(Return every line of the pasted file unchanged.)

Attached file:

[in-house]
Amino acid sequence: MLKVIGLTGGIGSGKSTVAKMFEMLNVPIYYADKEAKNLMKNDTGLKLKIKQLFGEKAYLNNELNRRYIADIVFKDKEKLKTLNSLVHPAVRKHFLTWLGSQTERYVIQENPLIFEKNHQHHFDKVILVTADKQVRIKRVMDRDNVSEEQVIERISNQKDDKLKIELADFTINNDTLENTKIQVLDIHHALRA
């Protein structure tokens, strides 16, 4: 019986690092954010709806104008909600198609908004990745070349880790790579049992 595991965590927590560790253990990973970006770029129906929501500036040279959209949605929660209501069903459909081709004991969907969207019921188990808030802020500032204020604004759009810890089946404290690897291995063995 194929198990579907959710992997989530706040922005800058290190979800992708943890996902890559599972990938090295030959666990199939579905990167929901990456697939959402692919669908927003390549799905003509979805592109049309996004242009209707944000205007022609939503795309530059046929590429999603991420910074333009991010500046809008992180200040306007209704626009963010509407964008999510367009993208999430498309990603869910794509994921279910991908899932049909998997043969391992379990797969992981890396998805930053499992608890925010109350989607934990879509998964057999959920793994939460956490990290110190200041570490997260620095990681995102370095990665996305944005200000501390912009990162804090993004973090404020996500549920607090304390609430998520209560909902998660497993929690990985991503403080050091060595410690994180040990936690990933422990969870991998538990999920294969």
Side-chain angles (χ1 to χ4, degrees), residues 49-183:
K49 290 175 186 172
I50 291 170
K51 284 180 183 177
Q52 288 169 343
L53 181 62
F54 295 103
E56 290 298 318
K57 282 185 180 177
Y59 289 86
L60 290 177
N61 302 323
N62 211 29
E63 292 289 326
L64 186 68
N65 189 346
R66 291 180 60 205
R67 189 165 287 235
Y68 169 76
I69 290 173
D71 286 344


[in-house]
Amino acid sequence: MLKVIGLTGGIGSGKSTVAKMFEMLNVPIYYADKEAKNLMKNDTGLKLKIKQLFGEKAYLNNELNRRYIADIVFKDKEKLKTLNSLVHPAVRKHFLTWLGSQTERYVIQENPLIFEKNHQHHFDKVILVTADKQVRIKRVMDRDNVSEEQVIERISNQKDDKLKIELADFTINNDTLENTKIQVLDIHHALRA
């Protein structure tokens, strides 16, 4: 019986690092954010709806104008909600198609908004990745070349880790790579049992 595991965590927590560790253990990973970006770029129906929501500036040279959209949605929660209501069903459909081709004991969907969207019921188990808030802020500032204020604004759009810890089946404290690897291995063995 194929198990579907959710992997989530706040922005800058290190979800992708943890996902890559599972990938090295030959666990199939579905990167929901990456697939959402692919669908927003390549799905003509979805592109049309996004242009209707944000205007022609939503795309530059046929590429999603991420910074333009991010500046809008992180200040306007209704626009963010509407964008999510367009993208999430498309990603869910794509994921279910991908899932049909998997043969391992379990797969992981890396998805930053499992608890925010109350989607934990879509998964057999959920793994939460956490990290110190200041570490997260620095990681995102370095990665996305944005200000501390912009990162804090993004973090404020996500549920607090304390609430998520209560909902998660497993929690990985991503403080050091060595410690994180040990936690990933422990969870991998538990999920294969």
Side-chain angles (χ1 to χ4, degrees), residues 49-183:
K49 290 175 186 172
I50 291 170
K51 284 180 183 177
Q52 288 169 343
L53 181 62
F54 295 103
E56 290 298 318
K57 282 185 180 177
Y59 289 86
L60 290 177
N61 302 323
N62 211 29
E63 292 289 326
L64 186 68
N65 189 346
R66 291 180 60 205
R67 189 165 287 235
Y68 169 76
I69 290 173
D71 286 344